People with disabilities in Ghana are often regarded as unproductive and incapable of contributing positively to society, and rather seen as constituting an economic burden on the family and the society at large. In Ghana, there are rarely strong associations that actively work to improve the living conditions of people living with disabilities. A number of national policies and strategies have been targeting and including the needs of Persons with Disabilities (PWDs), either individually in the different sectors or as cross-cutting issues in national programmes. PWDs in Ghana are subjected to various forms of exclusion, discrimination and stigmatization.

This chapter discusses the percentage of the population of the district that is disabled and the predominant forms of disability in the district, namely; sight, hearing, physical, emotional, etc. This will in turn inform and direct policy makers in the formulation of policies.

Population with Disability

Table 6.1 shows PWDs in the district by sex and locality of residence. From the Table, there are 1,364 persons with various forms of disability in the district with 2.1 percent of males and 1.9 percent of females being PWDs. There are more males than females in all the disability types. The Table further shows sight disability (38.9%) has the highest proportion of PWDs followed by physical disability (26.3%). Persons with emotional disability (13.5%) are least. All other forms of disabilities not included in the six common types constitute 7.7 percent of disabilities in the district.

Type of Disability

Table 6.1 again shows the types of disabilities in the Wassa Amenfi Central district by sex. The information presented suggests that some of them could suffer from more than one disability at the same time. The Table clearly shows that sight is the most common type of disability in the district either among the males (40.4%) or females (37.1%). This is followed by physical disability. There is virtually no difference between the proportion of the population represented by persons with hearing (16.7%), speech (16.4%) and intellectual (16.2%) disabilities in the district. The Table also shows that while the proportion of persons with sight and speech disabilities is higher among males than females, the reverse is true for hearing, physical, intellectual and emotional disabilities.

Distribution of Persons with Disability by type of locality

There are far more PWDs in rural (1,281) than urban (83) areas in the district.This is because the district has a much larger rural than urban population. The Table also shows that sight impairment and physical disability are the most common types of disability among either urban or rural populations. However, the proportions with speech, intellectual, hearing and emotional disabilities are much higher in the rural areas compared to the urban areas. In contrast, other forms of disabilities are higher in the urban (25.3%) than the rural (6.6%) areas.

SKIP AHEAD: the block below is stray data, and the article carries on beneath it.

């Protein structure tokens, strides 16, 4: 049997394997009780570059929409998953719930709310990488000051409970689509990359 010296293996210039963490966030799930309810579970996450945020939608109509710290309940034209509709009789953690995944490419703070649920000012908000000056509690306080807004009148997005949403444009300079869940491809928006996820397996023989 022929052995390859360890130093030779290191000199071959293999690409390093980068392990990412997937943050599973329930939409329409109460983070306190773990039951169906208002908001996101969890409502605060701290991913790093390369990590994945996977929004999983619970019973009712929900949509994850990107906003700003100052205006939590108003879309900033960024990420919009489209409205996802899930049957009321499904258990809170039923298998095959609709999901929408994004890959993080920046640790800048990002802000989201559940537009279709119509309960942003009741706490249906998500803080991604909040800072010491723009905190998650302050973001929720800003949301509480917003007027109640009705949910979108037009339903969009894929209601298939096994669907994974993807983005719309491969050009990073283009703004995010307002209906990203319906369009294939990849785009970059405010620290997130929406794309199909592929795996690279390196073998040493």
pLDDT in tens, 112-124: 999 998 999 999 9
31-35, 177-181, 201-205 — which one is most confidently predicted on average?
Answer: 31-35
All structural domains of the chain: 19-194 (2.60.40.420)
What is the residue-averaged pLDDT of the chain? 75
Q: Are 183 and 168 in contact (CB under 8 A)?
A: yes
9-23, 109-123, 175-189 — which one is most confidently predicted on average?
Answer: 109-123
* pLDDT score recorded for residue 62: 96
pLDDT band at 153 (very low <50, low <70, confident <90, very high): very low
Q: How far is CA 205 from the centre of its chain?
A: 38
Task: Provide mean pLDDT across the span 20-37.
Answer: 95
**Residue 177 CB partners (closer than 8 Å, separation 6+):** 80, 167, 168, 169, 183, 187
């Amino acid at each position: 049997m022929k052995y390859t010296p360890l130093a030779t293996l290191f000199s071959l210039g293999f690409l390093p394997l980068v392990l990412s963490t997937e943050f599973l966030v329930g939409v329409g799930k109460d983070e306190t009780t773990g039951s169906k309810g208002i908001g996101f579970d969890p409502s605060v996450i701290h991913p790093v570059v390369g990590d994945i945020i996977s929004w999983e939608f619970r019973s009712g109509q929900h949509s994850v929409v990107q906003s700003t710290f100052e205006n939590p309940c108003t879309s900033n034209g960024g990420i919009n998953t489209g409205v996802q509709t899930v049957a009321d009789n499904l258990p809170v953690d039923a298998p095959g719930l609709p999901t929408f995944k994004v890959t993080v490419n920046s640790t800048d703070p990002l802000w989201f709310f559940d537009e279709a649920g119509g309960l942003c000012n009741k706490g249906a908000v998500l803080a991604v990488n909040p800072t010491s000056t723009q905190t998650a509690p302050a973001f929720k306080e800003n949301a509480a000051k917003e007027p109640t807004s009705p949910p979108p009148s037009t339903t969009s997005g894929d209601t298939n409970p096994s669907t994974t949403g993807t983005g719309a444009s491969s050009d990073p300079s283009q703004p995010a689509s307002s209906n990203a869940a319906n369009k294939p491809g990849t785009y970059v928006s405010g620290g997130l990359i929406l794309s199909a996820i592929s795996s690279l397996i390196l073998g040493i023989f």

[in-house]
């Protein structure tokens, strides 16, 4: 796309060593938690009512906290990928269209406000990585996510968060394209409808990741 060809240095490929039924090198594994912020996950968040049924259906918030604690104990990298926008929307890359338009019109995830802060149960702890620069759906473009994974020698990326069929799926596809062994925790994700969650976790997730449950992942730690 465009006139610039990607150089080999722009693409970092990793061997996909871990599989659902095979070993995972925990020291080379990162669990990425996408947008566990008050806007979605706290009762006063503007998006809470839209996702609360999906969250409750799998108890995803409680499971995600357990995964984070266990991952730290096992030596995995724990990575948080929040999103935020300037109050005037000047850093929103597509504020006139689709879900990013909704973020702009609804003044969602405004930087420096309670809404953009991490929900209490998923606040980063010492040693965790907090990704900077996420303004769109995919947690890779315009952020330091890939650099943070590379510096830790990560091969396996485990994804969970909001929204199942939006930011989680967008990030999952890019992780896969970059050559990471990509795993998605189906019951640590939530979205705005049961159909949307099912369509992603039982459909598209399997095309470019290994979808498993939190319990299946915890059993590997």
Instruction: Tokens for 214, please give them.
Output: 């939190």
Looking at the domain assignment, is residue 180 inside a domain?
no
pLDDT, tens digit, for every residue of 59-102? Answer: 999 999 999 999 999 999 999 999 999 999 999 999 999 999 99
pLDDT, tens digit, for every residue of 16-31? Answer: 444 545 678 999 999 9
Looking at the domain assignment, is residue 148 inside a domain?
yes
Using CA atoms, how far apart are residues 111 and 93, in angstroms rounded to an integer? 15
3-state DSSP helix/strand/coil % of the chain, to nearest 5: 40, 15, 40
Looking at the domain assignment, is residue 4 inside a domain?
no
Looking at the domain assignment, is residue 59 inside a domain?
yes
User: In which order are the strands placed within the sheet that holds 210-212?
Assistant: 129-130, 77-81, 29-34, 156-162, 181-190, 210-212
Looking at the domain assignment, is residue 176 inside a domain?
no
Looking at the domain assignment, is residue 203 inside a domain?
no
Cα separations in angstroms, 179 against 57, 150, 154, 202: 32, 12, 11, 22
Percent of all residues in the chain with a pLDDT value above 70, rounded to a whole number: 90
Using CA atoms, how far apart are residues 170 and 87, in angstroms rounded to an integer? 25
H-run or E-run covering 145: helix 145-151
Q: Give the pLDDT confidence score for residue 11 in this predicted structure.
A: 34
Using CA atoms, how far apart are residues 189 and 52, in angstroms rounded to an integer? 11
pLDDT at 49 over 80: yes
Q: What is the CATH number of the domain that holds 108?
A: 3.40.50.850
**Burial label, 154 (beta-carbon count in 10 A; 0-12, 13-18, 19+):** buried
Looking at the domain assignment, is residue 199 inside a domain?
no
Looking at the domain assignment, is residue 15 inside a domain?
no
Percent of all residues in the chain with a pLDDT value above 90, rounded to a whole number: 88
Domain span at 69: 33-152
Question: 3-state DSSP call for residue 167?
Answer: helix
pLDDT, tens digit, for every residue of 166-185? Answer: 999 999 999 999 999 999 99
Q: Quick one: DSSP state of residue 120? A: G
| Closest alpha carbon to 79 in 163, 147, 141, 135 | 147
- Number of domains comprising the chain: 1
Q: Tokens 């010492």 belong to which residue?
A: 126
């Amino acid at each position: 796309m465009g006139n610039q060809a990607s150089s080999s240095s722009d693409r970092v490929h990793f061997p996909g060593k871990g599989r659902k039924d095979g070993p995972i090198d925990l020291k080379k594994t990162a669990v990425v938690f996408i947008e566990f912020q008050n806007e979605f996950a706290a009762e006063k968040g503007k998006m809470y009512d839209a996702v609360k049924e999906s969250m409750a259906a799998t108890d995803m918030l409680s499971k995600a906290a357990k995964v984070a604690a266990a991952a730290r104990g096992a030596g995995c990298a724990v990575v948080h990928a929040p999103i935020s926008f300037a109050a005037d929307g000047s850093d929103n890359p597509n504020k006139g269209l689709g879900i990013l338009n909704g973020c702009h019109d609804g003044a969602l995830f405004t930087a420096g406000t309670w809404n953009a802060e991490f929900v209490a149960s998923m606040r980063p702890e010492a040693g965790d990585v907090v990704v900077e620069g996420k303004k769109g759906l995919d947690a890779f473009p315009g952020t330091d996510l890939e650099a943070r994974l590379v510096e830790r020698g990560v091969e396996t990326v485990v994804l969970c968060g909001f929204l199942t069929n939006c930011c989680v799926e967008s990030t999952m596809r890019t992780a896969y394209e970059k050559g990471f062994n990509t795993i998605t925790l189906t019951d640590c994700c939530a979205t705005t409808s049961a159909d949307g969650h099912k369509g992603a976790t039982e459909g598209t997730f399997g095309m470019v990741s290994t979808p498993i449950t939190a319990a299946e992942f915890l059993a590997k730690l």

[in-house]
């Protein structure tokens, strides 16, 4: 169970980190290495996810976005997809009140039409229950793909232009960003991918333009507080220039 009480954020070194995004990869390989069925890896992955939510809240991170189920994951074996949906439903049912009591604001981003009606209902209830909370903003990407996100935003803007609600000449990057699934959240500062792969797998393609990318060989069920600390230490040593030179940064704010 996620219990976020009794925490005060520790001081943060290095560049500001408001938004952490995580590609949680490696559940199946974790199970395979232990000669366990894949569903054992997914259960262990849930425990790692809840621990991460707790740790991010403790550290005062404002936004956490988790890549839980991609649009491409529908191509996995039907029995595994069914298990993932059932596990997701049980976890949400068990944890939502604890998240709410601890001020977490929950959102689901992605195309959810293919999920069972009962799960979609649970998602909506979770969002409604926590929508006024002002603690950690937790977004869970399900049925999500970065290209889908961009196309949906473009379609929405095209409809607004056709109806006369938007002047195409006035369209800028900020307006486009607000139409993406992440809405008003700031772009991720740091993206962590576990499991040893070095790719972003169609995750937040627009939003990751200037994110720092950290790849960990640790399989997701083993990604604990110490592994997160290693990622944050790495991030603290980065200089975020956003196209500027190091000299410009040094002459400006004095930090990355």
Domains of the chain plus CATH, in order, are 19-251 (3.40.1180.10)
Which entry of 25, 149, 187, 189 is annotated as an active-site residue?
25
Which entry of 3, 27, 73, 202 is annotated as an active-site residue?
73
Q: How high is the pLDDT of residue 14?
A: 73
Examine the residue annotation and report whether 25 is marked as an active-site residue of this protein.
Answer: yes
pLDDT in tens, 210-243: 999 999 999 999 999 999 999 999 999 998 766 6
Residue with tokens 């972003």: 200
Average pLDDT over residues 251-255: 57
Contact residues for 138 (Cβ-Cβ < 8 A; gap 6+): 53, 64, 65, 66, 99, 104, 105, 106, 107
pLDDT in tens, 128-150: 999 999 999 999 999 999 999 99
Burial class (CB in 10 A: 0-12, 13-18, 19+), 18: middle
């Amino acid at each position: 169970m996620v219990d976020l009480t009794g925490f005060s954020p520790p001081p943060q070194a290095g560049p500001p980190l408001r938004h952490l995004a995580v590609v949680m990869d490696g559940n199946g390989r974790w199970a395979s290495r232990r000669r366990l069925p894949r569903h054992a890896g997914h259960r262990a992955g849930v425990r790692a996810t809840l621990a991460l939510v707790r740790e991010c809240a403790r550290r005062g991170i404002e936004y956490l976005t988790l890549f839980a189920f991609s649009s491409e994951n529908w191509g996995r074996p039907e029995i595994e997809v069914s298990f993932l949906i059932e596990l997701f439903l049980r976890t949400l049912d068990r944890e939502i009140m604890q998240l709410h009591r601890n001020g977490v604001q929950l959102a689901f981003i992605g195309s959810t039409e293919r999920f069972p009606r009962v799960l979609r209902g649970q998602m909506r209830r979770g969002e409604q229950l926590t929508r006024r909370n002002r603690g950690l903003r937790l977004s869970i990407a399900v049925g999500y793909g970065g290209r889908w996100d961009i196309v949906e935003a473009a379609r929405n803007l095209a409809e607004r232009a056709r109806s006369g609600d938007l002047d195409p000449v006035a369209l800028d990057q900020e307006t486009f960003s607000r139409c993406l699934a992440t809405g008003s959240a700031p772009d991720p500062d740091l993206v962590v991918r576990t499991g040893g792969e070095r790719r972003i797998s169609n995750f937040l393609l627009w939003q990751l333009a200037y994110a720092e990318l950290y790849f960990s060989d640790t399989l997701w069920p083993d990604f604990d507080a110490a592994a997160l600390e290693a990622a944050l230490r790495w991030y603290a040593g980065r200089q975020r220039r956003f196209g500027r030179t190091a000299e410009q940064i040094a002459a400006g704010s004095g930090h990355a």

Disability and Education

According to the United Nation’s Convention on the Rights of Persons with Disabilities, PWDs should be guaranteed the right to inclusive education at all levels, regardless of age, without discrimination and on the basis of equal opportunity. There are 1,313 persons with disability aged three years and older in the District. Table 6.3 presents data on population three years and older by sex, disability type and level of education. The Table shows that 41.4 percent of persons with disability in the District have never been to school as compared with 25.3 percent of those without disability who have never been to school. A total of 47.1 46


percent of persons with disability in the District have basic education (primary, JSS/JHS or middle school) compared to 56.4 percent of those without disability. Less than 10.0 percent (7.0%) of persons with disability have secondary/SHS or higher education as against 7.6 percent of persons without disability.

A  higher proportion of females with disability (54.6%) than their male counterparts (30.3%) have never attended school and 36.0 percent of the females attained basic education as compared to 56.5 percent for their male counterparts.


Date Created : 11/21/2017 7:09:22 AM